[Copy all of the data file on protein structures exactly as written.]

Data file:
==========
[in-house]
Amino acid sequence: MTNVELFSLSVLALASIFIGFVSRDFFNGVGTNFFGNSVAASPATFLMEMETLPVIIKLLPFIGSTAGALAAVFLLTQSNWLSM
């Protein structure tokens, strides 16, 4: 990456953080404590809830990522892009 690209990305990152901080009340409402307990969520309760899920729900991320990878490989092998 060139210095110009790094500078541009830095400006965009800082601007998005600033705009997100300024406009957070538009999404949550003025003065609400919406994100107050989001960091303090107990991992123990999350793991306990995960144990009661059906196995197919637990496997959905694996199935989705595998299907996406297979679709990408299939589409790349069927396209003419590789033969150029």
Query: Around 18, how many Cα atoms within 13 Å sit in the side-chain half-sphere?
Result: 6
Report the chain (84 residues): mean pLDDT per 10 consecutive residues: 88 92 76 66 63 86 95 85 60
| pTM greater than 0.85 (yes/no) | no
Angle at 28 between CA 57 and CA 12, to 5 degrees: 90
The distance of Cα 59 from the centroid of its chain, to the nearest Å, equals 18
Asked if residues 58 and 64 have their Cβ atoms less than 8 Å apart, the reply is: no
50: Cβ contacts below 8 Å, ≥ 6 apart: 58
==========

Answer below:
[in-house]
Amino acid sequence: MTNVELFSLSVLALASIFIGFVSRDFFNGVGTNFFGNSVAASPATFLMEMETLPVIIKLLPFIGSTAGALAAVFLLTQSNWLSM
């Protein structure tokens, strides 16, 4: 990456953080404590809830990522892009 690209990305990152901080009340409402307990969520309760899920729900991320990878490989092998 060139210095110009790094500078541009830095400006965009800082601007998005600033705009997100300024406009957070538009999404949550003025003065609400919406994100107050989001960091303090107990991992123990999350793991306990995960144990009661059906196995197919637990496997959905694996199935989705595998299907996406297979679709990408299939589409790349069927396209003419590789033969150029």
Query: Around 18, how many Cα atoms within 13 Å sit in the side-chain half-sphere?
Result: 6
Report the chain (84 residues): mean pLDDT per 10 consecutive residues: 88 92 76 66 63 86 95 85 60
| pTM greater than 0.85 (yes/no) | no
Angle at 28 between CA 57 and CA 12, to 5 degrees: 90
The distance of Cα 59 from the centroid of its chain, to the nearest Å, equals 18
Asked if residues 58 and 64 have their Cβ atoms less than 8 Å apart, the reply is: no
50: Cβ contacts below 8 Å, ≥ 6 apart: 58